US Secretary of State Mike Pompeo speaks during the press briefing at the White House in Washington, DC, on June 7, 2018. (NICHOLAS KAMM / AFP)
WASHINGTON - US Secretary of State Mike Pompeo has given interviews to three foreign media outlets over the Korean Peninsula issue, saying that China "certainly" has a role to play over the issue.
CHINA ‘CERTAINLY’ HAS ROLE TO PLAY
According to the transcripts provided by the State Department on Friday, Pompeo said in the interviews that "China will certainly have a part" on relative issues, including the ultimate ending of the state of war on the Korean Peninsula.
I'm very confident that China will play a role. Indeed, they have already to date
Mike Pompeo, US Secretary of State
"I'm very confident that China will play a role. Indeed, they have already to date," said Pompeo.
China has already been part of it, as Chinese President Xi Jinping and Kim Jong-un, top leader of the Democratic People's Republic of Korea (DPRK), have met for discussions, said Pompeo.
Pompeo will head to China on June 14 after the meeting between US President Donald Trump and Kim. This will be Pompeo's first trip to China as US secretary of state.
"I'm very much looking forward to my trip to Beijing. I've been to Beijing many times in my life before, before I entered government, so I'm looking forward to returning," he said.
"I'm looking forward to meeting with China's senior leaders to talk about exactly the relationship between our two countries," he said.
"They are two big economies, two important places in the world, and we have lots of connectivity, and there are places we have challenges," the top US diplomat noted.
"There are many places where China and the United States will do great things together. There are other places where the two countries are competing," he said.
"Our job as diplomats - mine as the Secretary of State and my Chinese counterparts - is to work so that it's not a zero-sum game between our two countries, where we can succeed together," he added.
Pompeo said that he will also share with China how the Trump-Kim meetings go.
HOPING FOR "FUNDAMENTAL SHIFT" IN US-DPRK TIES
Pompeo said in the interviews that the exact timing and modalities of the denuclearization of the peninsula have not been agreed to yet, but the US side has expected "a fundamental shift" in the relationship with the DPRK.
This picture taken on May 9, 2018 and released from DPRK's official Korean Central News Agency (KCNA) on May 10 shows DPRK leader Kim Jong-un (right) and US Secretary of State Mike Pompeo (left) shaking hands at the Workers' Party of Korea headquarters in Pyongyang. (KCNA VIA KNS / AFP)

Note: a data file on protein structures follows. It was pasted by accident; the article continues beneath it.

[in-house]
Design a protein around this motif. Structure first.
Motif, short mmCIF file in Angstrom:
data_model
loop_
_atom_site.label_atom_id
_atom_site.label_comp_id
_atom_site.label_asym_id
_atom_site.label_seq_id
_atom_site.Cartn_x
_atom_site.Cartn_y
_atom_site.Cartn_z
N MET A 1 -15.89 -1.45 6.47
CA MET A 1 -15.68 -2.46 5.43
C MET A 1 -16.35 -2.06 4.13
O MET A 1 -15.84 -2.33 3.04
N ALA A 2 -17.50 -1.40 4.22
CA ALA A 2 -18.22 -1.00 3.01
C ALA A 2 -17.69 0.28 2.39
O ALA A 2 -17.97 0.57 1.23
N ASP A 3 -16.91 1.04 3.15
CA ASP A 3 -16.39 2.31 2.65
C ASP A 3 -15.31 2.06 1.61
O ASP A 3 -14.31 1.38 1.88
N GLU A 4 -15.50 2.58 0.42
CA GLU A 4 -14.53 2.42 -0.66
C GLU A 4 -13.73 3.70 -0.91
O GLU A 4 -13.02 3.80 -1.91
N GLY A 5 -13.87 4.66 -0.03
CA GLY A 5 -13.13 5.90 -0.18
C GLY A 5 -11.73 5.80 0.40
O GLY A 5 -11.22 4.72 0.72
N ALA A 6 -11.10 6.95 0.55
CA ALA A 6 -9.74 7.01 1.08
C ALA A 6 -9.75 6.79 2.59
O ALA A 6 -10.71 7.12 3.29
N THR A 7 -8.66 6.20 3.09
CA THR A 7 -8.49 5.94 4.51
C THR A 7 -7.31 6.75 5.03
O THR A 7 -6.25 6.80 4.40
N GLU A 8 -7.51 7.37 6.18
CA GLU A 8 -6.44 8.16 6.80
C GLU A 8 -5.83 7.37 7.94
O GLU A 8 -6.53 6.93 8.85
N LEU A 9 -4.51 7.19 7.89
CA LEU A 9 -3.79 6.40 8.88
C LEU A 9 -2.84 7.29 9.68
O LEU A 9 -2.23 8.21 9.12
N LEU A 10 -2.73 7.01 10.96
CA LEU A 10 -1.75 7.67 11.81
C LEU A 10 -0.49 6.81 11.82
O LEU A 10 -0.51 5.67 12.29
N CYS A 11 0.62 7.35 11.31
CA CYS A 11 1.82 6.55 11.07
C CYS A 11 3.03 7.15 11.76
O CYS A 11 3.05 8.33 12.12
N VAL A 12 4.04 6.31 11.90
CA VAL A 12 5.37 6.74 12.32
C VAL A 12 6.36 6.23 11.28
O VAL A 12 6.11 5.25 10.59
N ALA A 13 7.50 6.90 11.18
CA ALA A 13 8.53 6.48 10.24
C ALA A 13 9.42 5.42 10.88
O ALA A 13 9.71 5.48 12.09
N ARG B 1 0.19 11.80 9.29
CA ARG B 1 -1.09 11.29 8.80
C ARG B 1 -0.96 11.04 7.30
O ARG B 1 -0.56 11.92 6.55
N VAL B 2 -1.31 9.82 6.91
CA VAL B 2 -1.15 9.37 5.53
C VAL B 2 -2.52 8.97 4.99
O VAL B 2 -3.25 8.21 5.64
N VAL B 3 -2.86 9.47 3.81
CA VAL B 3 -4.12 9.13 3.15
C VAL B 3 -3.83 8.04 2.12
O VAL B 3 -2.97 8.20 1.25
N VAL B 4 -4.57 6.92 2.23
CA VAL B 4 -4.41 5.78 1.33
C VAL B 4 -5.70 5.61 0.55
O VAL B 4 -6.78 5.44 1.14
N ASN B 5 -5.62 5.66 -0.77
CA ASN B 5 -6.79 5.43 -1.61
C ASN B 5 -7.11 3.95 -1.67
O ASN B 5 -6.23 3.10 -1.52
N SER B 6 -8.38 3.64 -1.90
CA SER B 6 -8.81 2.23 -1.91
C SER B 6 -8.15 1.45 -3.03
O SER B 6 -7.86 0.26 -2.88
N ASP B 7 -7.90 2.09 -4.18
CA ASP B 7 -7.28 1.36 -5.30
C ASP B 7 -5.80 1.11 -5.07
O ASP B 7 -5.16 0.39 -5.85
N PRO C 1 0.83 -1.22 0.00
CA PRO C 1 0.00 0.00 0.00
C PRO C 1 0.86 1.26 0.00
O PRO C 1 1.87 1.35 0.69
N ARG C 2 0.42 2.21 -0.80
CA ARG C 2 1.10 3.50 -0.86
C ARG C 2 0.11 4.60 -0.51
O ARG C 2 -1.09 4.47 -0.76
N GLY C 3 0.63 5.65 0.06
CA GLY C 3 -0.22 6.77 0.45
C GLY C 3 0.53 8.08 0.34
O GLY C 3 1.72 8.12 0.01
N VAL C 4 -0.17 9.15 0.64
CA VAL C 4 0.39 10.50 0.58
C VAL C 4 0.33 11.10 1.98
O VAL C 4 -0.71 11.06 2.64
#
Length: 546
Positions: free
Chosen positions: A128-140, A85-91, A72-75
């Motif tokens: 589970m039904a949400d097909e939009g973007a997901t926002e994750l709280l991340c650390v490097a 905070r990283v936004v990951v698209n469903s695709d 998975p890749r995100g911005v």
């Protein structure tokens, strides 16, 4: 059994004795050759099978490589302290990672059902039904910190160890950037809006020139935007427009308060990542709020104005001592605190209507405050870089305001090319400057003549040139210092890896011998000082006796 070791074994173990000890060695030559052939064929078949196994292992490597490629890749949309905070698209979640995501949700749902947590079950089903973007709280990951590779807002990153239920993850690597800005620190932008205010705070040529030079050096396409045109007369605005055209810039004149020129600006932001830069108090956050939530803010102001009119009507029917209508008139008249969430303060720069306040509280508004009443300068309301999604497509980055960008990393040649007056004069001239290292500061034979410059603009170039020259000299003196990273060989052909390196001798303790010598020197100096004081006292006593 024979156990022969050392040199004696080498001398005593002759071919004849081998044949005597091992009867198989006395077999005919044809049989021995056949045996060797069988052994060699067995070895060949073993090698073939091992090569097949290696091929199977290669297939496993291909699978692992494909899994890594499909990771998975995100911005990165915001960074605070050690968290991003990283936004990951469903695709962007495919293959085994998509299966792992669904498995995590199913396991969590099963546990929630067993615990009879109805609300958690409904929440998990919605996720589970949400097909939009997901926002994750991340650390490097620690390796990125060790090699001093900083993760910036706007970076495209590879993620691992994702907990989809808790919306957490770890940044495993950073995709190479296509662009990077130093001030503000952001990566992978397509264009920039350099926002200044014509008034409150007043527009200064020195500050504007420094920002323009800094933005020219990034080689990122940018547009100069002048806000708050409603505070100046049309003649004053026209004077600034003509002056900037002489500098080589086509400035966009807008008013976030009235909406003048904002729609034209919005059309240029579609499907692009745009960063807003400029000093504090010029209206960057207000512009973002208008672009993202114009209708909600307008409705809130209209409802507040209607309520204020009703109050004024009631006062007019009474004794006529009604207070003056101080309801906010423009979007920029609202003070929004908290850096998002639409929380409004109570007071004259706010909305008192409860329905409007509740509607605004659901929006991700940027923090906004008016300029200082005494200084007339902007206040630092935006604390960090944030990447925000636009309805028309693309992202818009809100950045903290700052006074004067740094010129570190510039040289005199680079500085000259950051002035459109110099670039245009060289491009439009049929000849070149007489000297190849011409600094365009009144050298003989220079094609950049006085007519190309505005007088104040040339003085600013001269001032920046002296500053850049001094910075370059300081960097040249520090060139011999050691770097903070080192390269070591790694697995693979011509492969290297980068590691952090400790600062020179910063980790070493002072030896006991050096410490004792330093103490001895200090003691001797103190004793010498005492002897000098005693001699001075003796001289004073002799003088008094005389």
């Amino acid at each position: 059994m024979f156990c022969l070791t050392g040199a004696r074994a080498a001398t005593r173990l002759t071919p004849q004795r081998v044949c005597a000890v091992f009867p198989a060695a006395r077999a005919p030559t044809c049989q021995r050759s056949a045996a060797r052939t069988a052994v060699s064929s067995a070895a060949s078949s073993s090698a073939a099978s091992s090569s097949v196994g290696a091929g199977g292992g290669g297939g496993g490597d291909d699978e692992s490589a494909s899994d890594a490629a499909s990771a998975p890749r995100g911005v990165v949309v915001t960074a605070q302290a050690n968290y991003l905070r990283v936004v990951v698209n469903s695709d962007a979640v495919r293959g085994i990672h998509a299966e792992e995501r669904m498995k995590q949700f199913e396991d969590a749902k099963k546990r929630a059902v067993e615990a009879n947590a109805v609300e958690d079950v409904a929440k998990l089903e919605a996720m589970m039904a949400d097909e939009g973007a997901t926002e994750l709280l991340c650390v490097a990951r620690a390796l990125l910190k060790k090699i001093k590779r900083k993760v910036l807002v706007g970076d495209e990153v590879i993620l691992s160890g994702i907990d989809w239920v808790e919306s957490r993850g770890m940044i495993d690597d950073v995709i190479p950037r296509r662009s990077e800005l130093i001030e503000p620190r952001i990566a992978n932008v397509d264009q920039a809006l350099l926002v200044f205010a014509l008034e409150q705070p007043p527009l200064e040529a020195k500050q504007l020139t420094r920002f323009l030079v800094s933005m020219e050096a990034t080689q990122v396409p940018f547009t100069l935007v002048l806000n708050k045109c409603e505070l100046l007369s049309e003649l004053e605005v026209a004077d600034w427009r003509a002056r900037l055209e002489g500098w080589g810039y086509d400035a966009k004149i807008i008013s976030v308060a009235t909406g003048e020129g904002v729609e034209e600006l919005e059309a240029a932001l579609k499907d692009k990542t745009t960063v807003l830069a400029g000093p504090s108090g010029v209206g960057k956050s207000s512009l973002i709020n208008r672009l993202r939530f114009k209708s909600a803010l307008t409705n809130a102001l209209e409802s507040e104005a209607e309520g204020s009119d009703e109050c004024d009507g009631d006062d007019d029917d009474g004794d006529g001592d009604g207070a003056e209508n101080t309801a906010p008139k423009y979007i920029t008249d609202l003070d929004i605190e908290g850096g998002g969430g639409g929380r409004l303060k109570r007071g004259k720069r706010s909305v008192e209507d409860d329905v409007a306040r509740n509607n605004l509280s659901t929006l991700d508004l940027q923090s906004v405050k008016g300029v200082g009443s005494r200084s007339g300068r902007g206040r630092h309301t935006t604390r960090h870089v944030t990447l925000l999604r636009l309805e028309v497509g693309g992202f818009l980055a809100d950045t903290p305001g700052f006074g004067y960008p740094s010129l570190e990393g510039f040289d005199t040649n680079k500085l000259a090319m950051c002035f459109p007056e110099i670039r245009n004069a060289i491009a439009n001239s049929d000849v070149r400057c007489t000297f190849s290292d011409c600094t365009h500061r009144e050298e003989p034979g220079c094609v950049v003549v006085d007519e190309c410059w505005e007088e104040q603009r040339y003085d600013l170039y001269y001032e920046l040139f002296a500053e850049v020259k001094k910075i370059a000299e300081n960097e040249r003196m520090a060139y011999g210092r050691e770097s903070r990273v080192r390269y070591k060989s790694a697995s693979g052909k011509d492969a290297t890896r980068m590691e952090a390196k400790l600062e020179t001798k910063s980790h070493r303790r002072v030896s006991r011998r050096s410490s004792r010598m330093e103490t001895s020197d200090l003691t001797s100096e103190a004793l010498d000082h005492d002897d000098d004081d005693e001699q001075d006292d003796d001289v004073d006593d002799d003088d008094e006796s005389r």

"Our objective for the summit is very clear: We want to achieve a fundamentally different strategic relationship between our two countries," he said.
"President Trump has been very clear all along that he is prepared to provide North Korea (the DPRK) with the security assurances, the warm political relationships that they want and are demanding in exchange for actions by North Korea, the denuclearization of the peninsula."
"We're hoping to make just as much progress on that as we can during the summit," he said. "And then along with our partners - China, Japan, South Korea - we can all move forward together."
The DPRK is also referred to as North Korea, and the Republic of Korea is also referred to as South Korea.
As for the timeline of the denuclearization, Pompeo only said that Trump and Kim will discuss it during the meeting.
"Chairman Kim told me directly that he was prepared to sit with President Trump and talk about how that denuclearization would take place. The two of them will have a chance to have an extensive conversation surrounding that," he said.
"When you think about complete denuclearization, it would certainly be all of their sites, not just those that have been declared," he said.
"I would hope that there would be a statement that they would put out that each could agree to. But we'll have to see," he added. "The ultimate resolution of the problem will take lots of willing partners."
SECURITY ASSURANCES AND ECONOMIC ASSISTANCE LINKED
Pompeo noted that Trump and Kim will "begin to flesh out what both the security assurances will look like, what we can do together politically to provide better relations between our two countries, and then talk about denuclearization."
He also said that foreign economic assistance and security assurances to Pyongyang "are incredibly linked."
"For North Korea to have the security assurances it needs, it needs to know that it has an economic - economically viable path forward ... it's difficult to separate them out," he said, adding that he imagines many nations, besides the DPRK's neighbors, will want to participate in its economic development "if we are successful in Singapore."
"It would be our expectation that the countries in the region would provide the initial financial support for just that; but over time, we would hope that, much like the other countries in the region, it would be able to achieve exactly what I described - a connected, safe, secure North Korea without outside assistance," he added.
"It would be the opening up of the country, it would be their connectedness, it would be their ability to prosper on their own feet," he explained.
However, the foreign assistance, "much like the economic opening that will take place, it will only take place at such time as we have completed the denuclearization," he said.
He also reiterated that US sanctions on the DPRK will not be lifted "until such time as the denuclearization itself has been completed."
"The economic relief, the sanctions relief ... can't take place until we see real action, real change, on the part of North Korea," he said.